The opinion of the court was delivered by: G. Patrick Murphy United States District Judge
This bankruptcy appeal came before the Court for oral argument on February 28, 2011, and involves issues ancillary to the merits of an adversary proceeding decided by separate order on this same date in civil case number 10-623-GPM. After oral argument, the parties supplemented the record as ordered by this Court. Having fully considered all the papers on file and the arguments presented, the Court rules as follows.
The facts underlying the adversary proceeding are summarized here to provide context for the ancillary dispute currently before the Court. They are set forth in greater detail in the order on the merits of the adversary dispute issued in civil case number 10-623-GPM.
In March 2009, Meadowbrook Farms Cooperative (MFC or the Debtor) filed a petition for Chapter 7 relief in the United States Bankruptcy Court for the Southern District of Illinois. The Debtor was an agricultural cooperative, or packer, that purchased hogs for slaughtering and processing. It packed and sold pork and pork products subject to the Packers and Stockyard Act of 1921 (PSA), 7 U.S.C. §§ 181 et seq.*fn1 Laura K. Grandy was appointed Bankruptcy Trustee for the Debtor and later was succeeded by Dana Frazier. In June 2009, the Trustee filed a complaint to determine the validity of claims to a lockbox fund held by the Trustee. As of February 26, 2010, the fund was valued at $2,278,745. The parties stipulated that the entirety of the fund was derived from accounts receivable and proceeds from the sale of livestock inventory and meat and meat food products derived from livestock purchased by the Debtor from certain livestock producers.
Appellee CIT Group/Business Credit, Inc. (CIT) is an undisputed secured creditor of the Debtor pursuant to a November 16, 2007, financing agreement. In July 2009, CIT answered the Trustee's complaint, filed a counterclaim against the Trustee asserting a first priority security interest in the funds held by the Trustee, and filed a cross-claim for equitable estoppel against other parties claiming an interest in the funds.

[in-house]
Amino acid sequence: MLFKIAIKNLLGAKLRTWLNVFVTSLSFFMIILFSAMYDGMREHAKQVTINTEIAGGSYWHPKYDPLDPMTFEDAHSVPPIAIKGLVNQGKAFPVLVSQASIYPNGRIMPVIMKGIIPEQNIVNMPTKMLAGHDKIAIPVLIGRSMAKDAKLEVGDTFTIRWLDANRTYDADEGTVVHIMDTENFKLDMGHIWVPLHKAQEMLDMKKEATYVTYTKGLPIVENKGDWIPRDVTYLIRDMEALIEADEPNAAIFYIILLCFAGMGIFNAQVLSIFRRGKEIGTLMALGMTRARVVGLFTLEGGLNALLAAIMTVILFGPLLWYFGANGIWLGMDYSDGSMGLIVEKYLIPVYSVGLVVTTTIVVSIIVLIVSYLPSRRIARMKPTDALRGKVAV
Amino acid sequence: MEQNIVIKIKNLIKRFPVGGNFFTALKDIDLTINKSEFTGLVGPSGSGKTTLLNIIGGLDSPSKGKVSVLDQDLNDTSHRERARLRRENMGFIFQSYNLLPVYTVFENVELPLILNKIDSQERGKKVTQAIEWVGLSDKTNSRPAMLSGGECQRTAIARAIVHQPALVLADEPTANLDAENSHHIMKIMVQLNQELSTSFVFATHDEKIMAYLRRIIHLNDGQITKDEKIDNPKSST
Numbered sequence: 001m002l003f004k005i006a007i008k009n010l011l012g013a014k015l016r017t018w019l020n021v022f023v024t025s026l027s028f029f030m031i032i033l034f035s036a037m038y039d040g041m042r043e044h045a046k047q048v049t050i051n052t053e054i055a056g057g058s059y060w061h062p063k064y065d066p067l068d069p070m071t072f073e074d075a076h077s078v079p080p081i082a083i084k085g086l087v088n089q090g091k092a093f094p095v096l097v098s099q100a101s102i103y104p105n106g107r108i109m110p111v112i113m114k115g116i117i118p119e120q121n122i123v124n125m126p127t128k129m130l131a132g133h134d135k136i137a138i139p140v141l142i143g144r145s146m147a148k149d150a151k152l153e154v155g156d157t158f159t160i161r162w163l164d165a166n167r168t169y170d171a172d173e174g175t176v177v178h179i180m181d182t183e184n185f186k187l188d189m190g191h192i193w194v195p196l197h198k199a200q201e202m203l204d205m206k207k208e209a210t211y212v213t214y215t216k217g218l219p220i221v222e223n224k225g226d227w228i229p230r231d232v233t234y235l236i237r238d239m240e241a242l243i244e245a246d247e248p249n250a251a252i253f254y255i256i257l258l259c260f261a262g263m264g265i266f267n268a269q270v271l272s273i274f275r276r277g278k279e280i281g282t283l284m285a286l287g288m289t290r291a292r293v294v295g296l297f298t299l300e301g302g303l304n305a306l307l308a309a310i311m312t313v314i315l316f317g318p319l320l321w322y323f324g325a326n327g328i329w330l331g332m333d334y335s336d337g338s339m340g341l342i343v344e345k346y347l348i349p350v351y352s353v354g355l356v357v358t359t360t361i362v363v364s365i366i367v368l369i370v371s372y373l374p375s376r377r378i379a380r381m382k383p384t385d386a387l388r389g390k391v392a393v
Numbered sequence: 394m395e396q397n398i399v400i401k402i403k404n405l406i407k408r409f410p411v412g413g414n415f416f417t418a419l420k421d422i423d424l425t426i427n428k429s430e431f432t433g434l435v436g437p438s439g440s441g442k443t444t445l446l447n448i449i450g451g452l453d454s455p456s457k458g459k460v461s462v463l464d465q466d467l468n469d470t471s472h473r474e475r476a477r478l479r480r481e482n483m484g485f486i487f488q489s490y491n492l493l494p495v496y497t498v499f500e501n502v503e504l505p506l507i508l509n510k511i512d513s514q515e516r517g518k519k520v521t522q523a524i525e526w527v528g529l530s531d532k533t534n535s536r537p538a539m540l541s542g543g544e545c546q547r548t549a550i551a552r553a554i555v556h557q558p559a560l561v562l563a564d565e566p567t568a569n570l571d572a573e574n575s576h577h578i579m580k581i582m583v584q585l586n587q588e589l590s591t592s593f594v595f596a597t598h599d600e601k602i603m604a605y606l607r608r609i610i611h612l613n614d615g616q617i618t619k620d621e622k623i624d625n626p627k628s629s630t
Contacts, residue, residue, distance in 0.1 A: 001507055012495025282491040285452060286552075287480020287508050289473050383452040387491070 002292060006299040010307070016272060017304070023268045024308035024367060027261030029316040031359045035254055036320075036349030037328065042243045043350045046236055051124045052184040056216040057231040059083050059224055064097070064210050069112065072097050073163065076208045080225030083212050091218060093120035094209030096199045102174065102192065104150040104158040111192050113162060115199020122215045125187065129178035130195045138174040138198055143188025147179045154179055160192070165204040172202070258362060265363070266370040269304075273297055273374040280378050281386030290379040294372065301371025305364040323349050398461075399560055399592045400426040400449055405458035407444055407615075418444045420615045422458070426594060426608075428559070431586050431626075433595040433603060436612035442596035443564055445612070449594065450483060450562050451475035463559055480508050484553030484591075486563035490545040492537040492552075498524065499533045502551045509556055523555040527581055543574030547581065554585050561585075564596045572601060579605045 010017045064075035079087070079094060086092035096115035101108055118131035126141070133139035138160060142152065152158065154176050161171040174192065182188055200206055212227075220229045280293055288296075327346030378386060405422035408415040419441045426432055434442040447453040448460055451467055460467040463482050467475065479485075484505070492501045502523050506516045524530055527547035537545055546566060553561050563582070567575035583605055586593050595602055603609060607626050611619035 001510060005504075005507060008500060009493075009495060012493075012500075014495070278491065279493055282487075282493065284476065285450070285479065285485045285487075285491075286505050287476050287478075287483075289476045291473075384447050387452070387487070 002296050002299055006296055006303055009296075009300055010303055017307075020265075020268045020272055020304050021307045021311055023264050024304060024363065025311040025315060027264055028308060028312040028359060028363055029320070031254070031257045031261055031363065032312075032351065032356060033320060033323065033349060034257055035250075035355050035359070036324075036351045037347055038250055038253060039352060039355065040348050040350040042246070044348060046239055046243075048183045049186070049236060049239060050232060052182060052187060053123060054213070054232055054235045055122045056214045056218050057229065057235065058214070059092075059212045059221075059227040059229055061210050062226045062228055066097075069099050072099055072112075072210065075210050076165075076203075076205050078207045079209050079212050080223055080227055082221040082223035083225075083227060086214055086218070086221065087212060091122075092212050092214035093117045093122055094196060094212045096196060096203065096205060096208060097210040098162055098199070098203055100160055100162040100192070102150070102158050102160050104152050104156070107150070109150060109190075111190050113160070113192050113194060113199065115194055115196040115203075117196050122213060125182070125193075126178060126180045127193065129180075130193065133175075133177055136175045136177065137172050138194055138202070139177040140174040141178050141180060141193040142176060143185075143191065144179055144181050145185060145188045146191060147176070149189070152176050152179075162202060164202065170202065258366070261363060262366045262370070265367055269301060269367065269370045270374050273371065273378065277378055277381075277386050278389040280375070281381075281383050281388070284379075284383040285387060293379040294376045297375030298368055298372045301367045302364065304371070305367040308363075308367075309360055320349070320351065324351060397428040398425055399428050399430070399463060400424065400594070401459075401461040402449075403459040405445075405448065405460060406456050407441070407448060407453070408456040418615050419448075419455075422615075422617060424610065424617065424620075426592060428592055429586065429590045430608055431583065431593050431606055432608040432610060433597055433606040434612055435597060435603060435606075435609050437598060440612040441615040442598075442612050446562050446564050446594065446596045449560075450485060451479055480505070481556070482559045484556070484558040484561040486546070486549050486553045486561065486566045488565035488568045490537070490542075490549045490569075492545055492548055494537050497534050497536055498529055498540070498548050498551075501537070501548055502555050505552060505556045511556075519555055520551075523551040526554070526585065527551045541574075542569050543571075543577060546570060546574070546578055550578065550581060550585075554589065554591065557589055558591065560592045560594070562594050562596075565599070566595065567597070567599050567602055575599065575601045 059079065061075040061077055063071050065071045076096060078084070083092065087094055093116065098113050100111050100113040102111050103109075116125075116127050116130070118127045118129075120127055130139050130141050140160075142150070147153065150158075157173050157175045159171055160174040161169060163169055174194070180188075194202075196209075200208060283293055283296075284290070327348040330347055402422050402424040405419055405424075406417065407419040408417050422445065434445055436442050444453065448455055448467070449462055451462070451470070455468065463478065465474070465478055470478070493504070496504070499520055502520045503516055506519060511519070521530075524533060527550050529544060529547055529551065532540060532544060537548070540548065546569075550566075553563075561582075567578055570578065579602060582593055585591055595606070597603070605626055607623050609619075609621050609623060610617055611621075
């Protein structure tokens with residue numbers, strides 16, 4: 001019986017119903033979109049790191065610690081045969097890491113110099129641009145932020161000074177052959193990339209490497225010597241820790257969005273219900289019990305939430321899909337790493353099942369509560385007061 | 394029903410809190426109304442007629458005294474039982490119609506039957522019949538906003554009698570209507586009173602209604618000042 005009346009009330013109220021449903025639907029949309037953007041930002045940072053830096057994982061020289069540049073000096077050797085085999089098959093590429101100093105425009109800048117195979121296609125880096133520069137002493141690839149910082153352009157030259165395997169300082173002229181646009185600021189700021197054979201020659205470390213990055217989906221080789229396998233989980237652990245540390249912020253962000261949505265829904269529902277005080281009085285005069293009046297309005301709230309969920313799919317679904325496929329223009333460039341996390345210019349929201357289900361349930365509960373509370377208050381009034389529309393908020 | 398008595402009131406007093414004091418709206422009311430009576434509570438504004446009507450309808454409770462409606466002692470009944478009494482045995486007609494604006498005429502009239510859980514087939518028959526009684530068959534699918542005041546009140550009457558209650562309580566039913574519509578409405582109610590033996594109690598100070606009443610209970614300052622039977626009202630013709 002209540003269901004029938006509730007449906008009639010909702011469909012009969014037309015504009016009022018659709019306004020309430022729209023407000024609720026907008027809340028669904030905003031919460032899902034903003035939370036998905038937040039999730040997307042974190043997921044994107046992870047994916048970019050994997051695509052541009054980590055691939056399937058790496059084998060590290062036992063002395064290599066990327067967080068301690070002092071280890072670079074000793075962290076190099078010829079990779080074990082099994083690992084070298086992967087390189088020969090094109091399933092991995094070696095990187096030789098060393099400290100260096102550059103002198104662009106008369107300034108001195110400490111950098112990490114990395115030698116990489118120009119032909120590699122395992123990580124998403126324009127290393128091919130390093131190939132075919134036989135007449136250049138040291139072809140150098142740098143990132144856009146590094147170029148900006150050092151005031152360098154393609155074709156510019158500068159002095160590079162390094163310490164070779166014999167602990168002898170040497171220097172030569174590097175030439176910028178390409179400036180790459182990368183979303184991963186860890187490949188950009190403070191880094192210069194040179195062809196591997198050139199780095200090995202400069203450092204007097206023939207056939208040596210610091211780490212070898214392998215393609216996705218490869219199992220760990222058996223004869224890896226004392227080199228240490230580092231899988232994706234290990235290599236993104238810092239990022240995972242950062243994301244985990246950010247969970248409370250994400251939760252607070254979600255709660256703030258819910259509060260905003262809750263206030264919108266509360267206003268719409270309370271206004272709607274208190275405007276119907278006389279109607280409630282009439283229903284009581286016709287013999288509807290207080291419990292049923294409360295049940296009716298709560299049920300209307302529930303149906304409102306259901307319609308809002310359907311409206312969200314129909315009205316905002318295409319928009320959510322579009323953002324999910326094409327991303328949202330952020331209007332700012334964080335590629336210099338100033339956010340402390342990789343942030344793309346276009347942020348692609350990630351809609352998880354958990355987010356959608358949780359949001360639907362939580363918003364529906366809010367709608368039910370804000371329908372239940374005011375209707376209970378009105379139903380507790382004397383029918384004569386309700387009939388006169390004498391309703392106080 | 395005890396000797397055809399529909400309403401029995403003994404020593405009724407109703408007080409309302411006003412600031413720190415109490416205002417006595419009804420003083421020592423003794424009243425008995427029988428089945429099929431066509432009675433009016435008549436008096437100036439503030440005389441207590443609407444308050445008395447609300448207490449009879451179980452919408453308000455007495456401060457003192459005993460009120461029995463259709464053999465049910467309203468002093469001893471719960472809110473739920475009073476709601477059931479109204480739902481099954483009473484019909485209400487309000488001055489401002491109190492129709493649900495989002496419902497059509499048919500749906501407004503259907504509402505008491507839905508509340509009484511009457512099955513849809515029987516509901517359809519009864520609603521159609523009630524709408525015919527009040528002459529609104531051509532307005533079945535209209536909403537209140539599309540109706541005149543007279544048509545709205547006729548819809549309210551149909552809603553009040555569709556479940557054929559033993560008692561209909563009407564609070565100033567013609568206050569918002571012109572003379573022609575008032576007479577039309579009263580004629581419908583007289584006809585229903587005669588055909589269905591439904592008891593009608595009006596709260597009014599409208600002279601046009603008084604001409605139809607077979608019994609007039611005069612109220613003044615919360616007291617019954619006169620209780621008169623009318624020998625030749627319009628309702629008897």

Great Lakes Pork, Inc., Johnson-Pate Pork, Inc., and Lehmann Brothers Farms, LLC (PSA Claimants) are livestock producers that sold hogs to the Debtor. PSA Claimants also answered the complaint, filed a counterclaim against the Trustee seeking funds protected under the PSA, and a cross-claim against CIT seeking any funds protected by the PSA that had been paid over to CIT. The issue presented by the adversary proceeding was whether sales made by PSA Claimants to the Debtor after October 2008 are subject to the trust provisions of the PSA.
Following a trial, the Bankruptcy Court found, as a matter of fact,
that beginning on or about October 1, 2008, PSA Claimants began
delivering additional hogs to the Debtor on cash terms with no waiver
and full retention of the producer trust protections under the PSA.
The Bankruptcy Court also found, as a matter of fact, that PSA
Claimants were not paid for a total of 16,155 hogs valued at
$1,815,477.51 that were delivered to the Debtor between December 11,
2008, and January 29, 2009.*fn2 The Bankruptcy Court
concluded that the additional hog sales are to be treated as cash
sales and, as such, PSA Claimants are entitled to first priority
interest in the lockbox funds held by the Trustee under the PSA's
trust protections and the applicable federal regulations.*fn3
CIT separately appealed the decision, and by separate order
entered today in civil case number 10-623-GPM, this Court affirms the
Bankruptcy Court's decision on the merits.
After deciding in favor of PSA Claimants on the merits, the Bankruptcy Court denied PSA
Claimants' motion for interest and attorneys' fees. Thereafter, PSA Claimants submitted their bill of costs, which the Bankruptcy Court denied. PSA Claimants filed this appeal, seeking preand post-judgment interest on any funds entitled to PSA trust protection and attorneys' fees. The Bankruptcy Court also denied an application for compensation and reimbursement filed by the Trustee, finding that the Trustee essentially worked on behalf of CIT and, therefore, the Trustee's services did not benefit the Debtor's bankruptcy estate. The Trustee did not appeal that ruling and does not take a position on either bankruptcy appeal filed in this Court.
Pursuant to 28 U.S.C. § 158(a), the federal district courts have mandatory exclusive jurisdiction over appeals from final judgments, orders, and decrees of bankruptcy judges. The district court may affirm, modify, or reverse the bankruptcy judge's order, or remand with instructions for further proceedings. FED. R. BANKR. P. 8013. District Courts, like the Circuit Courts of Appeals, "review a bankruptcy court's determinations of law de novo ...